Lānaʻi folks have always been deeply connected to the ʻāina. The land and sea provided both sustenance and recreation for Lānaʻi people, who understood they had responsibility to care for this place.
Listen to our stories
This virtual exhibit is the product of the ongoing digitization of our archival collections and features photographs that have never been on exhibit in our physical museum space. As you view the photos, we invite you to listen to stories of Dean Del Rosario (whose father is the photographer of many of the following photos), Albert Morita, and Diane Preza, who all grew up during the plantation days and are deeply rooted to Lānaʻi. While their experiences are their own, we believe many who grew up during this time will find their stories relevant and of value to the greater story of Lānaʻi's community.
Every one who has grown up on Lānaʻi has memories of swimming at Kaumālapaʻu Harbor with friends and family. This has been an activity enjoyed by Lānaʻi people throughout the years. While the breakwater and stairs have evolved over time, the harbor will always be a beloved place for Lānaʻi ʻohana.
Listen to Dean share about the Kaumālapaʻu:
Fishing & Diving
Lānaʻi people are ocean people. For many generations, local families have relied on the health and abundance of the sea to provide food for their ʻohana and community. Pictured here: Jimmy Low (left), Stacy Olsen (middle), Mario "Pinky" Dahang (right) with an ulua.
Listen to Diane share about the fishing and diving:
Mr. Ito (known at "Ito") was an employee of the Hawaiian Pineapple Company, but in his free time, he developed and cared for a beautiful garden across from his home on Queen's Street. He started small and gradually expanded the garden to include terraces and a variety of colorful flowers for all to enjoy.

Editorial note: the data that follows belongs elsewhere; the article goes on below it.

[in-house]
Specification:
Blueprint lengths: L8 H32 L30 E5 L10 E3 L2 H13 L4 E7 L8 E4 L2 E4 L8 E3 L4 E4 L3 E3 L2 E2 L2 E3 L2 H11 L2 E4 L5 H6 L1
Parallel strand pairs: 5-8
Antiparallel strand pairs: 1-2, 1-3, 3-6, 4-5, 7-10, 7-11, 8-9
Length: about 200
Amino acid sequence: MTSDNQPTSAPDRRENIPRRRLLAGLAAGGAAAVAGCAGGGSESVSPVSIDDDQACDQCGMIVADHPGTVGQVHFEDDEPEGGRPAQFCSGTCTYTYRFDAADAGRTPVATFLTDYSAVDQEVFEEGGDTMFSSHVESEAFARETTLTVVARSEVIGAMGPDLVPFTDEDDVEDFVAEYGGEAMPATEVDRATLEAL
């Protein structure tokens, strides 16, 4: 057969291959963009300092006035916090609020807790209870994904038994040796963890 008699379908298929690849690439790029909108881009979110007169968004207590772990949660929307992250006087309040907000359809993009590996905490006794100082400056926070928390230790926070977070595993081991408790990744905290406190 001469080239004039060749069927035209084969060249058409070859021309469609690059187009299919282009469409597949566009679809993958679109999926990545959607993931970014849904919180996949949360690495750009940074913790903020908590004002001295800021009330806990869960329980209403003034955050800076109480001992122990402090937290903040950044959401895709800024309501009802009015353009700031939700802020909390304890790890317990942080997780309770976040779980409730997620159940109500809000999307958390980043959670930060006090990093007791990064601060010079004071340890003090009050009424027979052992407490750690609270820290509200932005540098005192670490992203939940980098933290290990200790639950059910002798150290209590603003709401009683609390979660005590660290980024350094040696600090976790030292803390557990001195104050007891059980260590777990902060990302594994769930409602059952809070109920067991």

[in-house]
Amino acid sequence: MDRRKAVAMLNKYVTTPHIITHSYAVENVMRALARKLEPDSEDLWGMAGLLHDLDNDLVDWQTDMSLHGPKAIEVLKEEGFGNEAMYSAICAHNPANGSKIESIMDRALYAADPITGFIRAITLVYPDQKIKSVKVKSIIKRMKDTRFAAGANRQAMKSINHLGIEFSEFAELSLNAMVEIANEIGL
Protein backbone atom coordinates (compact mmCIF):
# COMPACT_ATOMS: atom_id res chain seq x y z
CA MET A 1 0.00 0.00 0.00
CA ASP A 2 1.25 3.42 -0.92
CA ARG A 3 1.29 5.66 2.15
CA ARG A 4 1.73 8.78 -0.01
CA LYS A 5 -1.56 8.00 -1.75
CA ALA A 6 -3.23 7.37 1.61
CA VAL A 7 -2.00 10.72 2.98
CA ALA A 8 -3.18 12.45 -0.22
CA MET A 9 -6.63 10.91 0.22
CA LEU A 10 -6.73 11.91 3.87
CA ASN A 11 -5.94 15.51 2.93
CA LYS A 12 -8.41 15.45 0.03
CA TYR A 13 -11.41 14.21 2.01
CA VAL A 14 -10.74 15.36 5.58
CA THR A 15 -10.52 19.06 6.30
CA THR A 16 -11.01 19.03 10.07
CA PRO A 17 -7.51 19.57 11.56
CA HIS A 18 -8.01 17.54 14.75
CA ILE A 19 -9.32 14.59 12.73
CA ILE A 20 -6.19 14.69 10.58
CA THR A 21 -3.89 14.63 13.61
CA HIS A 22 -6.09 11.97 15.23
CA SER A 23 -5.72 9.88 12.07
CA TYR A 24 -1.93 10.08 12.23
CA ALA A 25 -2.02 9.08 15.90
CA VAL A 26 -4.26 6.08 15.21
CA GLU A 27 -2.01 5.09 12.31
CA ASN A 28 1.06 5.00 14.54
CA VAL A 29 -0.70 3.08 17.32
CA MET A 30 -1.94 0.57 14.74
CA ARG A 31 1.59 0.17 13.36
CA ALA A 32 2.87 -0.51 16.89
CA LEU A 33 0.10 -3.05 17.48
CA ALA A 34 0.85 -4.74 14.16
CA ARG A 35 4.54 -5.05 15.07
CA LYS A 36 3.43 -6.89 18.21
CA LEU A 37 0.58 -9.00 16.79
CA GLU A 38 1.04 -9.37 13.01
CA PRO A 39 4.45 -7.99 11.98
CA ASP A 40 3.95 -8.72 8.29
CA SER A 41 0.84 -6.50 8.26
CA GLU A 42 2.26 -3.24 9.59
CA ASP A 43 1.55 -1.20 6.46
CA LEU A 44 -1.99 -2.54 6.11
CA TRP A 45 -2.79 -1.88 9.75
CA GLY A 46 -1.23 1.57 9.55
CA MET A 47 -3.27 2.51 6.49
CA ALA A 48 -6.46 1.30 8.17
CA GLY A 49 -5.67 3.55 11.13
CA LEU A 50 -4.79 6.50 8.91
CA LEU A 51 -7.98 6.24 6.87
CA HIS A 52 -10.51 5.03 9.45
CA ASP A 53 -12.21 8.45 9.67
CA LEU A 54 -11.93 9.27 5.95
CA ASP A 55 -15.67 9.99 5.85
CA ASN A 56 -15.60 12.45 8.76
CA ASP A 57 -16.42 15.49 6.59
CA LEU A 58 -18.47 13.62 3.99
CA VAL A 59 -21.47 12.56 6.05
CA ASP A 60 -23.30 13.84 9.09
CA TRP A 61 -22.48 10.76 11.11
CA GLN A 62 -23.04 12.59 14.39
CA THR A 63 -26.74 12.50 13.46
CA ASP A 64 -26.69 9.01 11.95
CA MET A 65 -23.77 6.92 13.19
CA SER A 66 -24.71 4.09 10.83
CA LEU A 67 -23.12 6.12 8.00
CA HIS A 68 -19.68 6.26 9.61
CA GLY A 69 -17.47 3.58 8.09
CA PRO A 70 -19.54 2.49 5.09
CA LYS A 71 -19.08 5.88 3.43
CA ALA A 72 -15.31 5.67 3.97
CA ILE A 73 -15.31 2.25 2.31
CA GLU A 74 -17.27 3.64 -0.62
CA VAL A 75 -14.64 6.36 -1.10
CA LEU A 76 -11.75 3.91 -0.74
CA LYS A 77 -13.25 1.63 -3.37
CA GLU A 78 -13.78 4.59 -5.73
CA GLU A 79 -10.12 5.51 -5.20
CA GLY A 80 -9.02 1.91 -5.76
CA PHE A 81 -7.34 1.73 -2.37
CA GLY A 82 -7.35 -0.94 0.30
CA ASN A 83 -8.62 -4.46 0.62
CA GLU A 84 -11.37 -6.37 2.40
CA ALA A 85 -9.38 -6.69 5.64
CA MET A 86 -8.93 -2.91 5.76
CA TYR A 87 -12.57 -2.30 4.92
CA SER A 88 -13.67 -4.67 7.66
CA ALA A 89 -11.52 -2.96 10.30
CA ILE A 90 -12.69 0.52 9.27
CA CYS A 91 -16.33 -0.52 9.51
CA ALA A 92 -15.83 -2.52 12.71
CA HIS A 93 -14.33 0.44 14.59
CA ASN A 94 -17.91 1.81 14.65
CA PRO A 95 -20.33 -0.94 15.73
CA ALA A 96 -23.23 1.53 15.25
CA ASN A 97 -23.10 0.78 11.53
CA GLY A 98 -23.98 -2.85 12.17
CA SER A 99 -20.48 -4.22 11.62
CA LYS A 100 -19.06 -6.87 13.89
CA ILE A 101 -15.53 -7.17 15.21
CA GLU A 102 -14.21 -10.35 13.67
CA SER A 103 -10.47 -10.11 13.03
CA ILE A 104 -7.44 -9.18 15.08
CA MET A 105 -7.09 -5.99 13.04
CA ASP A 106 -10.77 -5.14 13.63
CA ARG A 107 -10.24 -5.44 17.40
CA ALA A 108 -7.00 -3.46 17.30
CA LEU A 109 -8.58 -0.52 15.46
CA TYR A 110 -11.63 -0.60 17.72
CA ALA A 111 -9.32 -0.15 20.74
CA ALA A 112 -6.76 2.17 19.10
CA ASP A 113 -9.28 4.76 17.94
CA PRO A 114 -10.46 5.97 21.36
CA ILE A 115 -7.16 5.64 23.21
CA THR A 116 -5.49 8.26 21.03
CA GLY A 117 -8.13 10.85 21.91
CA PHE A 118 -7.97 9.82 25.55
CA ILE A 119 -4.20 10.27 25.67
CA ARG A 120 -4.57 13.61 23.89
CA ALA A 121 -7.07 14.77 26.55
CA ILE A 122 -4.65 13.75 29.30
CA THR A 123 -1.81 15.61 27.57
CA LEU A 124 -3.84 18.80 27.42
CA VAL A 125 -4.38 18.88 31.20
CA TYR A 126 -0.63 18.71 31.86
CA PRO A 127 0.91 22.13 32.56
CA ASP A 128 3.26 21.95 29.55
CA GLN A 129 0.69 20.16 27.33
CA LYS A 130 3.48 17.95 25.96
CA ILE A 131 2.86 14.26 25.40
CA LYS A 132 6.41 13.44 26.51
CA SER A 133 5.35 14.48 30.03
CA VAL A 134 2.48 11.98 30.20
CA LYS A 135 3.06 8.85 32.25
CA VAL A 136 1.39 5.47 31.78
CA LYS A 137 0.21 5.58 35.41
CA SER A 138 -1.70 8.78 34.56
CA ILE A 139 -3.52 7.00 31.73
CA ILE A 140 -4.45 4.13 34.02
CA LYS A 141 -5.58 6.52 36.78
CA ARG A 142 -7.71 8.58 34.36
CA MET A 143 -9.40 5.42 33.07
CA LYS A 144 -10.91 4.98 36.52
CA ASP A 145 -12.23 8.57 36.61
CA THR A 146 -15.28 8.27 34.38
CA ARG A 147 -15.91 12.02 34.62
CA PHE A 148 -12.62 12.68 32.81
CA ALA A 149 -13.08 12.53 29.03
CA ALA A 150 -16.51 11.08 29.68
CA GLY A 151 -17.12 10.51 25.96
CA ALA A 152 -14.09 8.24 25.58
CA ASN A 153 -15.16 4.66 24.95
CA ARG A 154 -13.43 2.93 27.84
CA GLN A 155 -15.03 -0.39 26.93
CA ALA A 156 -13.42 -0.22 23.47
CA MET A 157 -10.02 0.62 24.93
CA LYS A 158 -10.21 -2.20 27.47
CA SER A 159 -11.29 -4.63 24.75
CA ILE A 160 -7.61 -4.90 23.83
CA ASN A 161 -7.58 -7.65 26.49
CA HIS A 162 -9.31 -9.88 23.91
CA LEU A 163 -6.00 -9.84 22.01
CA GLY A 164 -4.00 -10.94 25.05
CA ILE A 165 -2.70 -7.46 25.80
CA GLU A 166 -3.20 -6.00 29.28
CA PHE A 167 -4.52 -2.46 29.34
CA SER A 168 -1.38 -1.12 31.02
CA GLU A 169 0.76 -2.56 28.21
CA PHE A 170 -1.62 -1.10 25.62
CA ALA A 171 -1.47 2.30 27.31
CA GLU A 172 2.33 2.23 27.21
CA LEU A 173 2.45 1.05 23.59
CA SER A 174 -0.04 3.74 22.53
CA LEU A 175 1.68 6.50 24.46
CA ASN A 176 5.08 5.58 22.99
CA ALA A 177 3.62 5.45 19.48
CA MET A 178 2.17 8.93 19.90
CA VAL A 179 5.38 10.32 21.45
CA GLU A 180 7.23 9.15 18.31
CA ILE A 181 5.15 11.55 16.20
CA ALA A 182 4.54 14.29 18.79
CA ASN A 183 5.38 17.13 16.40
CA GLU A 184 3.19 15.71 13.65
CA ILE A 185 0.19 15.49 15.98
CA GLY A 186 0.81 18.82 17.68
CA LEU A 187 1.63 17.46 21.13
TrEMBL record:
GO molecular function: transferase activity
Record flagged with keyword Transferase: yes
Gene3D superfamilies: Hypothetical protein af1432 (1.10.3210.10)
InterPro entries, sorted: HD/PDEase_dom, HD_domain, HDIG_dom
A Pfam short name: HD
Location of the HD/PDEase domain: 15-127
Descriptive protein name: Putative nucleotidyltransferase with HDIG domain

Listen to Diane share about Ito's Garden:
Lānaʻi Field Trials
The Lānaʻi field trials were a competition to showcase the skills of hunting dogs. Live game birds were placed in ventilated boxes and hidden on the landscape, and the hunting dogs would locate and point to them, following the instructions of their owners and gaining points from the judges. Pictured in the front row are kamaʻāina of Lānaʻi: Lloyd Cockett (left), Sol Kaopuiki (middle), and Ernest Richardson (right).
Listen to Dean share about the field trials:
Activities in the Park
While this may look like an event in Dole Park, this photo was actually taken at the old baseball field where Hale Kupuna now resides. Community activities like this tug-o-war game would draw the participation of many residents who would come for the fun!
Listen to Dean share about activities in the park:
Ranch at Kōʻele
Ranching was the longest-run economic industry in modern times. Kōʻele served as the headquarters of the Lānaʻi Ranch and the hub of the island community long before Lānaʻi City existed. Though the ranch formally ended in 1951, Kōʻele families continued the paniolo tradition of horsemanship.
Listen to Albert share about Kōʻele:
Within the past century, hunting has become a favorite activity of many Lānaʻi folks. Lānaʻi hunters often hunt to not only to provide food for their families and friends but also to enjoy the Lānaʻi outdoors. Removal of these invasive ungulates (like axis deer and mouflon sheep) from our landscape is also a form of stewardship. Pictured here are: Richard Oshiro (left), "Joey" Morita (middle left), "CO" Oshiro (middle right), and Albert Morita (right, not narrator).
Listen to Albert share about hunting:
Spectators Enjoying a Game
Help us honor their legacy
Lānaʻi City has changed much over the past 100 years, but the values that emerged from the plantation community remain valuable. The shared experience of Lānaʻi people during the plantation days created the foundation of our local culture today. This virtual exhibit has been developed with the hope that people on Lānaʻi and beyond are inspired by the lives plantation people lived--vibrant lives that were so much more than just their work.
Our first ever virtual exhibit is part of the "Our Living History: Lānaʻi Digital Archive" project. We have diligently worked with our archivist to organize and continue digitization of our collections, and this exhibit is a product of our continued commitment to making our history accessible by all.
We hope this is just the beginning. If you have additional contextual information about the photos in this exhibit or your own Lānaʻi family photos to share, we invite you to reach out and join us in our journey to care for our island's rich history, culture, and values.